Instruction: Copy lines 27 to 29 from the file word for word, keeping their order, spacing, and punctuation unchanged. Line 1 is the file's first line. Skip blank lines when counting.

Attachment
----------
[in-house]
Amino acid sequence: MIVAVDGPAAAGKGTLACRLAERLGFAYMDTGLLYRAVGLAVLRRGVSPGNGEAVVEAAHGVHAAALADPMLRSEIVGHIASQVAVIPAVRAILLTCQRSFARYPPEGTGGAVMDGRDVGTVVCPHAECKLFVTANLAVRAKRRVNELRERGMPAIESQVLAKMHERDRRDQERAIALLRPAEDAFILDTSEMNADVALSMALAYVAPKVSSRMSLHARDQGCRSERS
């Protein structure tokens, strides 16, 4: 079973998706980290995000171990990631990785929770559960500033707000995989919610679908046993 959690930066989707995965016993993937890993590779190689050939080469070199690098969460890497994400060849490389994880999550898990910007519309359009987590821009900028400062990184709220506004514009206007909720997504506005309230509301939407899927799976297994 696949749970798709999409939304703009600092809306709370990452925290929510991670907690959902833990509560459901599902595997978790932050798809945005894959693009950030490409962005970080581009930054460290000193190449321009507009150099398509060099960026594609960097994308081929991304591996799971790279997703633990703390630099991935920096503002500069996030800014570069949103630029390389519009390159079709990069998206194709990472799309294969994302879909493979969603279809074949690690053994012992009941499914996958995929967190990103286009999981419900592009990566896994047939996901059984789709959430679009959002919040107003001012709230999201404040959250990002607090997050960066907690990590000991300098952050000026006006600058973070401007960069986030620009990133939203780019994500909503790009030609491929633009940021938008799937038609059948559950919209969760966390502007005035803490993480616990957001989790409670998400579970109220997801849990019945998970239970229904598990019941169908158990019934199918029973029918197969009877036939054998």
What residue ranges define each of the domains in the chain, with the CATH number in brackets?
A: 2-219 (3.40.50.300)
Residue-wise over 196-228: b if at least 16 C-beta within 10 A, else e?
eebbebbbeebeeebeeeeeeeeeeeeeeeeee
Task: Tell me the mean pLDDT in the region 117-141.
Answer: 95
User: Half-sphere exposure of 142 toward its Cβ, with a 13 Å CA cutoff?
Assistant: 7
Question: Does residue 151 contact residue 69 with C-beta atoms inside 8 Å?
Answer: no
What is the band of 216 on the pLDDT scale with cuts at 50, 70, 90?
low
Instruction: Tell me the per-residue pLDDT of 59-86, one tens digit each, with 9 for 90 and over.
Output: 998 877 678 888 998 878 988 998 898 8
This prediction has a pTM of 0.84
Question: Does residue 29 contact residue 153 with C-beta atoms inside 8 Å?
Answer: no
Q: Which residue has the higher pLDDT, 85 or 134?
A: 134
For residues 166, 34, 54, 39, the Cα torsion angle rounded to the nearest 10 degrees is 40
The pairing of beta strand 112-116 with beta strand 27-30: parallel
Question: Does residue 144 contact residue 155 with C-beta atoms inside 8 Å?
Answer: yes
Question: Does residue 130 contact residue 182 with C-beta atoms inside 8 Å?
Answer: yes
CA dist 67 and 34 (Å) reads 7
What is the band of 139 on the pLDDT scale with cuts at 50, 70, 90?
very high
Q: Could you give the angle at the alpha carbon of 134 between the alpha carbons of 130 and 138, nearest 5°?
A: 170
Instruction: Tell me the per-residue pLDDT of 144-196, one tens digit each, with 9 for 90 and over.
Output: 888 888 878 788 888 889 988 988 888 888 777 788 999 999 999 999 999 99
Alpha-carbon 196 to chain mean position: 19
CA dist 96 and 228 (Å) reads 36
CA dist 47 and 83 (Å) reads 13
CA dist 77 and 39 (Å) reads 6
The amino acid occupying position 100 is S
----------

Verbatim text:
Question: Does residue 130 contact residue 182 with C-beta atoms inside 8 Å?
Answer: yes
CA dist 67 and 34 (Å) reads 7